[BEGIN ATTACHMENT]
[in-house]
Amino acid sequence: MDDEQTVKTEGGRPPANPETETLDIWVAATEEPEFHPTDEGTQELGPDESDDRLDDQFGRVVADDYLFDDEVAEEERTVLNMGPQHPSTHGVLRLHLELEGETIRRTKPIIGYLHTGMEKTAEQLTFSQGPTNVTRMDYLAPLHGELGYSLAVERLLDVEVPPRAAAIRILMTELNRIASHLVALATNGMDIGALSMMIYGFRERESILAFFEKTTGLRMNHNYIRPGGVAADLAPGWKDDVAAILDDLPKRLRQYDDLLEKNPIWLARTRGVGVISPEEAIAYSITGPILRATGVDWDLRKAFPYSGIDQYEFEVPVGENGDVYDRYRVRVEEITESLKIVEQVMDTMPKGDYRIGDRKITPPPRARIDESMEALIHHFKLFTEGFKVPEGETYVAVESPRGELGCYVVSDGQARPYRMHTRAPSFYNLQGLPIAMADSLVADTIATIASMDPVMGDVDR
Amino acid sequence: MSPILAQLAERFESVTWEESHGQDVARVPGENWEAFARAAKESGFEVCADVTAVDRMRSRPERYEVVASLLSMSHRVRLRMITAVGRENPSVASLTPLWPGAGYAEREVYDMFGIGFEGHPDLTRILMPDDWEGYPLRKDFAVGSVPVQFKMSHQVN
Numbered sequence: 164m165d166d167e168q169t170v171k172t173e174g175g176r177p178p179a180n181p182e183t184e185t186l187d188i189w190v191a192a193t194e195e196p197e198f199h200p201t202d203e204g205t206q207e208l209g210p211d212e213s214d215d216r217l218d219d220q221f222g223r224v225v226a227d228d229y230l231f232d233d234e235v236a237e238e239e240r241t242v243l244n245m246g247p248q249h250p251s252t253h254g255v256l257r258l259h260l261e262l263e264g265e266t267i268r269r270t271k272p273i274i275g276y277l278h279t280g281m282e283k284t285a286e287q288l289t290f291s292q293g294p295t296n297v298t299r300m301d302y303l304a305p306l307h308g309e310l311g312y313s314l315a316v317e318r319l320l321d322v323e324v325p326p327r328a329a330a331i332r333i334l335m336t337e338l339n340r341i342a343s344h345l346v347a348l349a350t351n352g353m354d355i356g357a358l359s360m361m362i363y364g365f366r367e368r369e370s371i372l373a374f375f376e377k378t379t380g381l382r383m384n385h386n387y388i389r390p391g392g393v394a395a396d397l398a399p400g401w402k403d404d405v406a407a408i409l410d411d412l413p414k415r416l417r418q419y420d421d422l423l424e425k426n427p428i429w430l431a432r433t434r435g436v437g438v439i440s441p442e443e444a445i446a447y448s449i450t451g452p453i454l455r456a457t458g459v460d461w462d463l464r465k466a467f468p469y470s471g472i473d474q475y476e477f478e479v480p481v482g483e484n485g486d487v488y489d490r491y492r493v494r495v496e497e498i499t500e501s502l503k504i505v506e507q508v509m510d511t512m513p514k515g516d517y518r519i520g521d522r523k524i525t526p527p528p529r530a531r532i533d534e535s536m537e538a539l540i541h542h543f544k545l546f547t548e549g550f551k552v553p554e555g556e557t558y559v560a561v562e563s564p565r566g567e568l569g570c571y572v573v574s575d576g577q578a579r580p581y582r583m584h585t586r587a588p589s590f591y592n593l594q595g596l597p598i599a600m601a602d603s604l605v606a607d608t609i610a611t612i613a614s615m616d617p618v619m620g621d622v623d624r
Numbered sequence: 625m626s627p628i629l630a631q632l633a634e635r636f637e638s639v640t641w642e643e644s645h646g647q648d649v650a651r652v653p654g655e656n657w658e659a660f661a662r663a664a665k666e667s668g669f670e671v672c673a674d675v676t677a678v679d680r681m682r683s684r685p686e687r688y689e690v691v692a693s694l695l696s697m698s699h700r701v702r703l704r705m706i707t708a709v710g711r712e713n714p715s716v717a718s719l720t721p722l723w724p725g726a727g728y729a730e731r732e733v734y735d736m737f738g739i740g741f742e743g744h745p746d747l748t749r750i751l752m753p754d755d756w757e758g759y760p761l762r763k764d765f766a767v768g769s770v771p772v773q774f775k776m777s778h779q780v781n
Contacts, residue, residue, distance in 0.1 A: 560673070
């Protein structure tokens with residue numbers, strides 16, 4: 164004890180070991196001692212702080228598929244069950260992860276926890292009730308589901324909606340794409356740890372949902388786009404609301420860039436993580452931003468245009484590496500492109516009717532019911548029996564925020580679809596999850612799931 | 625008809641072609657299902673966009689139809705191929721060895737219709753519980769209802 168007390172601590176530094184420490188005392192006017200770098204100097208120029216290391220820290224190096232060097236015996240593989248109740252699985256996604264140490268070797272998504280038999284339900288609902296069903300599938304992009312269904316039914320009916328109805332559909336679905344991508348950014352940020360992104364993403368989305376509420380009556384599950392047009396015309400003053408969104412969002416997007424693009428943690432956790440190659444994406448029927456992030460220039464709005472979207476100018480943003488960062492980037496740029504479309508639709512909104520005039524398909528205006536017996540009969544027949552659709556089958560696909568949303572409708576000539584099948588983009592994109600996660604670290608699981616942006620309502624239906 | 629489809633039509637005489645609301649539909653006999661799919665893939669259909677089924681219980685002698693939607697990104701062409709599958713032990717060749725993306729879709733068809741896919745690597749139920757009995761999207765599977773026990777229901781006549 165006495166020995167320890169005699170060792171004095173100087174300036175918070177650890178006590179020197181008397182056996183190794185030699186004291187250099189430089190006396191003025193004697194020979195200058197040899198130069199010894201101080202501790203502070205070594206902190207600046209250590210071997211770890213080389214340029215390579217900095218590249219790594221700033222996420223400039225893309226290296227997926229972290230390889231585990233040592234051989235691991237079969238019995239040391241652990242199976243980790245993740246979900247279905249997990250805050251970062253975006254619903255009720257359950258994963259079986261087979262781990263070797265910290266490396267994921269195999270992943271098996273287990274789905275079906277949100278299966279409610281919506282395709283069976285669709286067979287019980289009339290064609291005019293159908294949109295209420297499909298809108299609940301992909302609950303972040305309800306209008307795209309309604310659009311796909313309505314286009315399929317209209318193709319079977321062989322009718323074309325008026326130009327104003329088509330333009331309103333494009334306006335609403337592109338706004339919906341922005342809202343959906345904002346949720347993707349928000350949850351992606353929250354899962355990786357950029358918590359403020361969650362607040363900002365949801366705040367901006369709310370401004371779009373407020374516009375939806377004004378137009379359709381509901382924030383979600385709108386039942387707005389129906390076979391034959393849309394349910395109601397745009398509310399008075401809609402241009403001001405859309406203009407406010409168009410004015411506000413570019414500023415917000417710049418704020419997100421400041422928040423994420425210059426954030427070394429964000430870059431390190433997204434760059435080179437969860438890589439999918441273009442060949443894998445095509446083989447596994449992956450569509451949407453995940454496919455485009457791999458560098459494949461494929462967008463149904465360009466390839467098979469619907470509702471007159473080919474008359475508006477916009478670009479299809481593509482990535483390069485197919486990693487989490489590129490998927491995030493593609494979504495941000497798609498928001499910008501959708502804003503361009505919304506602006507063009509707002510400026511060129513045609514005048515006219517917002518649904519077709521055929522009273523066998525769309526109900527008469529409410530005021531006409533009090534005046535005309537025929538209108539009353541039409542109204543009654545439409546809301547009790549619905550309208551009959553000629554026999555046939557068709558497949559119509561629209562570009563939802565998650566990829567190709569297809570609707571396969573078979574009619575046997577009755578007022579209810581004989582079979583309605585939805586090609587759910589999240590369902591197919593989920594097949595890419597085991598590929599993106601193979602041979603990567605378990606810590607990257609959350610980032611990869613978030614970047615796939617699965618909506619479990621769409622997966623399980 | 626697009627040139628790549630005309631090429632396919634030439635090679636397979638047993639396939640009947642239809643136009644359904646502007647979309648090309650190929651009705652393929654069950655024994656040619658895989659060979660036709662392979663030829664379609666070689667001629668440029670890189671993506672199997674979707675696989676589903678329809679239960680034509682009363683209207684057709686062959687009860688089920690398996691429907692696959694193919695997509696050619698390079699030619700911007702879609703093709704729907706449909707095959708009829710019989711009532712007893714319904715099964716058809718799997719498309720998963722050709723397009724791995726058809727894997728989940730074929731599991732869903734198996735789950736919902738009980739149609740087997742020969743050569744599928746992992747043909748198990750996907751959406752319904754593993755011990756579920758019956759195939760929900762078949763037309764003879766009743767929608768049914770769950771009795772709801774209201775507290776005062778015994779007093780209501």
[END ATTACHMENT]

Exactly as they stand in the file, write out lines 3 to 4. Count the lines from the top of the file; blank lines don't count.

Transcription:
Amino acid sequence: MSPILAQLAERFESVTWEESHGQDVARVPGENWEAFARAAKESGFEVCADVTAVDRMRSRPERYEVVASLLSMSHRVRLRMITAVGRENPSVASLTPLWPGAGYAEREVYDMFGIGFEGHPDLTRILMPDDWEGYPLRKDFAVGSVPVQFKMSHQVN
Numbered sequence: 164m165d166d167e168q169t170v171k172t173e174g175g176r177p178p179a180n181p182e183t184e185t186l187d188i189w190v191a192a193t194e195e196p197e198f199h200p201t202d203e204g205t206q207e208l209g210p211d212e213s214d215d216r217l218d219d220q221f222g223r224v225v226a227d228d229y230l231f232d233d234e235v236a237e238e239e240r241t242v243l244n245m246g247p248q249h250p251s252t253h254g255v256l257r258l259h260l261e262l263e264g265e266t267i268r269r270t271k272p273i274i275g276y277l278h279t280g281m282e283k284t285a286e287q288l289t290f291s292q293g294p295t296n297v298t299r300m301d302y303l304a305p306l307h308g309e310l311g312y313s314l315a316v317e318r319l320l321d322v323e324v325p326p327r328a329a330a331i332r333i334l335m336t337e338l339n340r341i342a343s344h345l346v347a348l349a350t351n352g353m354d355i356g357a358l359s360m361m362i363y364g365f366r367e368r369e370s371i372l373a374f375f376e377k378t379t380g381l382r383m384n385h386n387y388i389r390p391g392g393v394a395a396d397l398a399p400g401w402k403d404d405v406a407a408i409l410d411d412l413p414k415r416l417r418q419y420d421d422l423l424e425k426n427p428i429w430l431a432r433t434r435g436v437g438v439i440s441p442e443e444a445i446a447y448s449i450t451g452p453i454l455r456a457t458g459v460d461w462d463l464r465k466a467f468p469y470s471g472i473d474q475y476e477f478e479v480p481v482g483e484n485g486d487v488y489d490r491y492r493v494r495v496e497e498i499t500e501s502l503k504i505v506e507q508v509m510d511t512m513p514k515g516d517y518r519i520g521d522r523k524i525t526p527p528p529r530a531r532i533d534e535s536m537e538a539l540i541h542h543f544k545l546f547t548e549g550f551k552v553p554e555g556e557t558y559v560a561v562e563s564p565r566g567e568l569g570c571y572v573v574s575d576g577q578a579r580p581y582r583m584h585t586r587a588p589s590f591y592n593l594q595g596l597p598i599a600m601a602d603s604l605v606a607d608t609i610a611t612i613a614s615m616d617p618v619m620g621d622v623d624r